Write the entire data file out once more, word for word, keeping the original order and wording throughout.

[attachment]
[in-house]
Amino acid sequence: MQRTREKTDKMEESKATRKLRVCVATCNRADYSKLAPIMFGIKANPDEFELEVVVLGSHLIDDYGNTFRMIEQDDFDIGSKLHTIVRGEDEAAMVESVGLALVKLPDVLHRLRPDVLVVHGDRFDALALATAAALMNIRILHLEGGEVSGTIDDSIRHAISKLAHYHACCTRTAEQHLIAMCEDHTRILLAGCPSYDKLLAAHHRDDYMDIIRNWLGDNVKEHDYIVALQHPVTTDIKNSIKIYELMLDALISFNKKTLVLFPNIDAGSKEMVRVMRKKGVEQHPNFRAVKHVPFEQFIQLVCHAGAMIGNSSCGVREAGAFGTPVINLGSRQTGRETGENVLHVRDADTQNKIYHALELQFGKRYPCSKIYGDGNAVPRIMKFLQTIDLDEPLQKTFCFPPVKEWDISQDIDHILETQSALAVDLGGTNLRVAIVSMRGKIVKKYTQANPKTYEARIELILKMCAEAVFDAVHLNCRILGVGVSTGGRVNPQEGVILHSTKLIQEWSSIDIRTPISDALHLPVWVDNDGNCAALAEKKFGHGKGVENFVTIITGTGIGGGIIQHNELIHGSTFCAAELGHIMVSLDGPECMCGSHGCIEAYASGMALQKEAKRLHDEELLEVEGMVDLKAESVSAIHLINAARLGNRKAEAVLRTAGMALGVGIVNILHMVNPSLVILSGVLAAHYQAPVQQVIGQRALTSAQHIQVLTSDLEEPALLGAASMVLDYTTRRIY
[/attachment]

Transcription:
[in-house]
Amino acid sequence: MQRTREKTDKMEESKATRKLRVCVATCNRADYSKLAPIMFGIKANPDEFELEVVVLGSHLIDDYGNTFRMIEQDDFDIGSKLHTIVRGEDEAAMVESVGLALVKLPDVLHRLRPDVLVVHGDRFDALALATAAALMNIRILHLEGGEVSGTIDDSIRHAISKLAHYHACCTRTAEQHLIAMCEDHTRILLAGCPSYDKLLAAHHRDDYMDIIRNWLGDNVKEHDYIVALQHPVTTDIKNSIKIYELMLDALISFNKKTLVLFPNIDAGSKEMVRVMRKKGVEQHPNFRAVKHVPFEQFIQLVCHAGAMIGNSSCGVREAGAFGTPVINLGSRQTGRETGENVLHVRDADTQNKIYHALELQFGKRYPCSKIYGDGNAVPRIMKFLQTIDLDEPLQKTFCFPPVKEWDISQDIDHILETQSALAVDLGGTNLRVAIVSMRGKIVKKYTQANPKTYEARIELILKMCAEAVFDAVHLNCRILGVGVSTGGRVNPQEGVILHSTKLIQEWSSIDIRTPISDALHLPVWVDNDGNCAALAEKKFGHGKGVENFVTIITGTGIGGGIIQHNELIHGSTFCAAELGHIMVSLDGPECMCGSHGCIEAYASGMALQKEAKRLHDEELLEVEGMVDLKAESVSAIHLINAARLGNRKAEAVLRTAGMALGVGIVNILHMVNPSLVILSGVLAAHYQAPVQQVIGQRALTSAQHIQVLTSDLEEPALLGAASMVLDYTTRRIY